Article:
Greg's Diary: Why American Football Should Be An Olympic Sport

Author: Greg Miletic 
Photo: Jean-François Nicollet
       How in the world (literally) would there ever be a team that could come close to challenging the USA in football? That was my thought when I first heard the idea of football possibly becoming an Olympic sport, and I would bet that it was your first thought too when you read the title of this post. After all, the sport is known internationally as American football. But that doesn’t mean it shouldn’t be an Olympic sport.

Before I explain my reasoning, the short answer to the previous question is that there won’t be any legitimate competition, at least not right away. I’ve had the opportunity of playing American football in two countries outside of America – this summer in Serbia, and the summer of 2009 in Germany – so I’ve experienced firsthand the disparity in the level of play between America and other countries (and I only played for a Division III school, albeit a successful one). Even in Germany, which was considered to have the highest level of football in Europe during the time I played there, the games were generally dominated by the American imports on each team.A football team from the United States – whether it was assembled from NFL’ers, CFL’ers, or even former college players who were simply looking to keep alive the dream of playing – would almost certainly blow through the competition much like the ’92 Olympic “Dream Team” of men’s basketball did. But ultimately, that’s not really what matters most in the debate of whether or not football should be included in the Olympics.

The United States men’s national basketball team has displayed an unmatched level of dominance in its history at the Olympics, dating back to the first time basketball was an event in 1936. In their 16 Summer Olympics, the U.S. men’s team has a combined record of 123 wins and 5 losses (total!), including medaling in all 16 years, with 13 of those 16 medals being gold. Yet people generally seem to be fine with the USA competing every four years. Why? Basketball is a global sport and people love watching the best of the best, and in many cases rooting against them. Also, foreign competition has undoubtedly improved as a result of USA basketball in the Olympics, as exposure to these NBA global icons over the years has given many young athletes, no matter what country they are from, a dream to play at or against the highest level.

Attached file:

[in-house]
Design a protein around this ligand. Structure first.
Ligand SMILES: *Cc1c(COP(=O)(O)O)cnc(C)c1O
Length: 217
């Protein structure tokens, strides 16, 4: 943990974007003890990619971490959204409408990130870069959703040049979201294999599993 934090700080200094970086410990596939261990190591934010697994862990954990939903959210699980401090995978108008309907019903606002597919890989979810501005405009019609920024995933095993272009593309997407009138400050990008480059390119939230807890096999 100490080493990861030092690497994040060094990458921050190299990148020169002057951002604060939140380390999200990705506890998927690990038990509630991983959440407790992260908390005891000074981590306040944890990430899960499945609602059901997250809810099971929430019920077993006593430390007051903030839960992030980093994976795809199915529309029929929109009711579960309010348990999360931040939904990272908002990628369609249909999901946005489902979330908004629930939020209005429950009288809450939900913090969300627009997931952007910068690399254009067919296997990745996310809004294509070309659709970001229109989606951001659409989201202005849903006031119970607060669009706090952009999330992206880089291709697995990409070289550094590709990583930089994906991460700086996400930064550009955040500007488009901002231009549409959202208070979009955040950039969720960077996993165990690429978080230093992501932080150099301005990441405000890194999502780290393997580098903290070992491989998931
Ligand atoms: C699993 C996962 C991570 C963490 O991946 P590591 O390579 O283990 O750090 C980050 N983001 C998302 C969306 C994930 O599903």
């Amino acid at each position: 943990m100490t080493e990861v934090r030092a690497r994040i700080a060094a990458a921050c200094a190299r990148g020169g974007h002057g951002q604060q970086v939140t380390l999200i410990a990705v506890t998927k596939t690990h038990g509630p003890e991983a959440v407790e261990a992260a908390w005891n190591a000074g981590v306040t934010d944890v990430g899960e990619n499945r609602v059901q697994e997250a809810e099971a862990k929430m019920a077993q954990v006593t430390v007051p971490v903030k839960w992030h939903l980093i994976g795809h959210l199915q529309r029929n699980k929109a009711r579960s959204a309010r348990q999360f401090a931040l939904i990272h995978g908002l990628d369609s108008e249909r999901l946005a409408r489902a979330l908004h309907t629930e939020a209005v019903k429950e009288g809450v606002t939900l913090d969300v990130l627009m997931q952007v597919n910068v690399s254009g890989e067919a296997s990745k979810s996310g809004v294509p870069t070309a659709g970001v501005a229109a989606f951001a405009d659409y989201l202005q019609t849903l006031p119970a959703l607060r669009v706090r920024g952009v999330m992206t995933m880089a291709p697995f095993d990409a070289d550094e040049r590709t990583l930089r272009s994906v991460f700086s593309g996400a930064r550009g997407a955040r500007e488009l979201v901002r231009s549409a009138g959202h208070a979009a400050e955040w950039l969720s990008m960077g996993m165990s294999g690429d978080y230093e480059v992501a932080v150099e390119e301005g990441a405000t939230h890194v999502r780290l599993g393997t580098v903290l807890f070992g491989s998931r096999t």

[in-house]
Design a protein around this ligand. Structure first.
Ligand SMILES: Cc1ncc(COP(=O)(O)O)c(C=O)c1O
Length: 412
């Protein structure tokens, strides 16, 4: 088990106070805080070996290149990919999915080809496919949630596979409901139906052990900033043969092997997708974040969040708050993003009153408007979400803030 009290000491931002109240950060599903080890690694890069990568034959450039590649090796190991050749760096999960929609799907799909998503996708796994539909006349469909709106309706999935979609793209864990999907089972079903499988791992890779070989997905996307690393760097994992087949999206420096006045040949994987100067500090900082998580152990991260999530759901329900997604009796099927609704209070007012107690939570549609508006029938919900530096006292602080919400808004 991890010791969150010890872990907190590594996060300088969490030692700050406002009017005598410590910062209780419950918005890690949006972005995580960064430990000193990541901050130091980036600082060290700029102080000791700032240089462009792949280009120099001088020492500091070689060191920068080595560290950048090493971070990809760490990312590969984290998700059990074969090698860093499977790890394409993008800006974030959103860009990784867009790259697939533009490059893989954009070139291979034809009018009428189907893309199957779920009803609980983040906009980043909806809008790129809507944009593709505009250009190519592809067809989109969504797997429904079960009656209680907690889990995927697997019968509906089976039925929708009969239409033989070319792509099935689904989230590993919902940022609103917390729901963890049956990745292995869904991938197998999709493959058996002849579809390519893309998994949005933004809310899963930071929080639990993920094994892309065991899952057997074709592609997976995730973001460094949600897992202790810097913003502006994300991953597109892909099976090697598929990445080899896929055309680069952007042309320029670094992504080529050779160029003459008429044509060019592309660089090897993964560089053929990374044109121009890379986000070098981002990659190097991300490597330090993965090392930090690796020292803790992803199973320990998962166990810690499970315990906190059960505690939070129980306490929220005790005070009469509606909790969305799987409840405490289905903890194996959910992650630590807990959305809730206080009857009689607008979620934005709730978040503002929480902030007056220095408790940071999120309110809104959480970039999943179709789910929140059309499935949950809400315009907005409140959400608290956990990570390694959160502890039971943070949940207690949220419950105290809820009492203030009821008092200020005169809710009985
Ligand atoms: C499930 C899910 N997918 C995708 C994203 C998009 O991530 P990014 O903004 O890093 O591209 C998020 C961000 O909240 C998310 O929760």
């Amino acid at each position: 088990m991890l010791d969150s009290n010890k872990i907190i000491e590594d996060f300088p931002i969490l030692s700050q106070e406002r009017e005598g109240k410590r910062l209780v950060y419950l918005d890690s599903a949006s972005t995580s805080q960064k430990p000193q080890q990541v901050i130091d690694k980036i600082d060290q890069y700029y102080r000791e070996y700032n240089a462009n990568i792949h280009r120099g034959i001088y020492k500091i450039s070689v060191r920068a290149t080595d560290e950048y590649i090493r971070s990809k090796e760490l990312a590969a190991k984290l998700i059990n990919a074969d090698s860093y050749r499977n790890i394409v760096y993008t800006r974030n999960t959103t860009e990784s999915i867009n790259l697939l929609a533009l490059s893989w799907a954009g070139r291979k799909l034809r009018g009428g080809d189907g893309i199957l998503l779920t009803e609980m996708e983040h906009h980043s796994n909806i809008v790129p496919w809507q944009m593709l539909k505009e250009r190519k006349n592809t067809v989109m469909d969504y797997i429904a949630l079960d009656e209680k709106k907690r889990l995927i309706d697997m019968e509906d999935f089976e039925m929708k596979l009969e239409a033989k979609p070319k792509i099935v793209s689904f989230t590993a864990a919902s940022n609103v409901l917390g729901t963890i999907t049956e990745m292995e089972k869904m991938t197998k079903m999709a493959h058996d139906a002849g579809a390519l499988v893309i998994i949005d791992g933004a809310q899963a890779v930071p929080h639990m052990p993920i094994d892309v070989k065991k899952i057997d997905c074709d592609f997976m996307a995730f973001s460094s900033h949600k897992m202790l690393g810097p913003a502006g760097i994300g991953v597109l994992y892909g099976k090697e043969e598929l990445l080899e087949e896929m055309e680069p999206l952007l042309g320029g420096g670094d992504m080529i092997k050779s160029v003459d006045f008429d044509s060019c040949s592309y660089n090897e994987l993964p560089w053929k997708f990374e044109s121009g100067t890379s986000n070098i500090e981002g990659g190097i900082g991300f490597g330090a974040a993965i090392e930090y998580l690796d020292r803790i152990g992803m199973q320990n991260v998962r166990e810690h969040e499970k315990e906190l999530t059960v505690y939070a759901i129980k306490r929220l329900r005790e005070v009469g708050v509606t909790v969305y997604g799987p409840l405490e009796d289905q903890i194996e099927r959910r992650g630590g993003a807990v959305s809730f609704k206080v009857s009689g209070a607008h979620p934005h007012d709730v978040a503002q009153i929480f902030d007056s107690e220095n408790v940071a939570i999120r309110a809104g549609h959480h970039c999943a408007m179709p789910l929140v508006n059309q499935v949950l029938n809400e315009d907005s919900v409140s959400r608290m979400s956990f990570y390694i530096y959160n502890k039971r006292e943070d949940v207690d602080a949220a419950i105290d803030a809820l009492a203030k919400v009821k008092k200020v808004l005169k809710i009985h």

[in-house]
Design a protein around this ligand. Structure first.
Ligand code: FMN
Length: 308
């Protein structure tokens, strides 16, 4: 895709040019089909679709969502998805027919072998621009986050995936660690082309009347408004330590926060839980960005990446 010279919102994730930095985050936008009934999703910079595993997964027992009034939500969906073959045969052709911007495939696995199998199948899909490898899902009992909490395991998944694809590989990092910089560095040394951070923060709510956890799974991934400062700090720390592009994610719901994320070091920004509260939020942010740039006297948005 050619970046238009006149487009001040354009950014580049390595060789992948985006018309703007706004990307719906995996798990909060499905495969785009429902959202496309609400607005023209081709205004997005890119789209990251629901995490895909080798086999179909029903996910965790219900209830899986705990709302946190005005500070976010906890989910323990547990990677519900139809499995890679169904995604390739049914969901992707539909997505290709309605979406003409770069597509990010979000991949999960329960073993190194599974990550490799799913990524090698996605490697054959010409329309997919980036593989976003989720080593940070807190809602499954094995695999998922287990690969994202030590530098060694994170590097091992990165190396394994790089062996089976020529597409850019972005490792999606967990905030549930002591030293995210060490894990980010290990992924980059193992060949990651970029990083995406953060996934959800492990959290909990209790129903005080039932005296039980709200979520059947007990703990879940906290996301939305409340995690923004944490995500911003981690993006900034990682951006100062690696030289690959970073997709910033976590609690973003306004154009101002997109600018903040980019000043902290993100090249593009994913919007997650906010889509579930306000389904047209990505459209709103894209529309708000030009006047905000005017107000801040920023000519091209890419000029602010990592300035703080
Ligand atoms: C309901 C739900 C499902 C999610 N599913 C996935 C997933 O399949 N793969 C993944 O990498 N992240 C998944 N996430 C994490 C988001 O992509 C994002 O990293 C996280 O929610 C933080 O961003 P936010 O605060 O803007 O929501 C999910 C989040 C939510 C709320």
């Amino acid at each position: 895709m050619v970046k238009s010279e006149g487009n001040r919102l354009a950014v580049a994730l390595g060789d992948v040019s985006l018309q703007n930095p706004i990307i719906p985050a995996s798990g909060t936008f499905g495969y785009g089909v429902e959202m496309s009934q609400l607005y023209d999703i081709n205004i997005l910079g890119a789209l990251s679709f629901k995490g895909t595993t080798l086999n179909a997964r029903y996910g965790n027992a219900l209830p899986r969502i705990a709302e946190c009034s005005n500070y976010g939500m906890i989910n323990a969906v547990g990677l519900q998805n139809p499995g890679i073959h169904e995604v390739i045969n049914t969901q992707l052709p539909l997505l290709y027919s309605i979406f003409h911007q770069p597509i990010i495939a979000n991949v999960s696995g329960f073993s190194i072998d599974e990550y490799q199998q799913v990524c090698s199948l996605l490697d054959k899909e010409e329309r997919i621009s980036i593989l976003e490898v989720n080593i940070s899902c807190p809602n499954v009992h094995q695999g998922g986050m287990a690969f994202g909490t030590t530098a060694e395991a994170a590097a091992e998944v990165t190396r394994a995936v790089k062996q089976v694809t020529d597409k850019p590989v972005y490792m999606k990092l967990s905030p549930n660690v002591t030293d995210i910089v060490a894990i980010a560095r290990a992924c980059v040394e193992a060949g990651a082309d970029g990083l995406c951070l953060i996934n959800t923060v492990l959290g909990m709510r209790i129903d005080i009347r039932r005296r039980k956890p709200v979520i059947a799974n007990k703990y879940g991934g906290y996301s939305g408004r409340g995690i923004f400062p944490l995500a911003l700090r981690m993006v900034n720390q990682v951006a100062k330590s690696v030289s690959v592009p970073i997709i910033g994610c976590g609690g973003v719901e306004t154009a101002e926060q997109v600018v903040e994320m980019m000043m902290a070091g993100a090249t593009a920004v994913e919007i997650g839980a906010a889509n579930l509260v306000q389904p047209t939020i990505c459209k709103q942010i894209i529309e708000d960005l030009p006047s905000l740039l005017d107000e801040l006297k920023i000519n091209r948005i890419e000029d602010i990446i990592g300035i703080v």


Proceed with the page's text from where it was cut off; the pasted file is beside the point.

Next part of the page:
Random gameday photo of Greg
Photo: Jean-François Nicollet
So as each Olympics has helped to spread the popularity of basketball and its superstars, why can’t the same thing happen for football? Many NFL players are already well on their way to becoming global icons – I was amazed at how much my teammates in Serbia and Germany knew about different players and teams around the league. Who would have thought that throughout the city of Belgrade, NFL apparel and individual players’ jerseys would have been so prominent? Football is growing internationally, and according to NFL Commissioner Roger Goodell, the International Olympic Committee criterion of the sport being played in at least 64 countries has already been met. He also said that just five years ago, the number of countries playing American football was only around 40. The numbers don’t lie, and they all point to football as a budding global sport.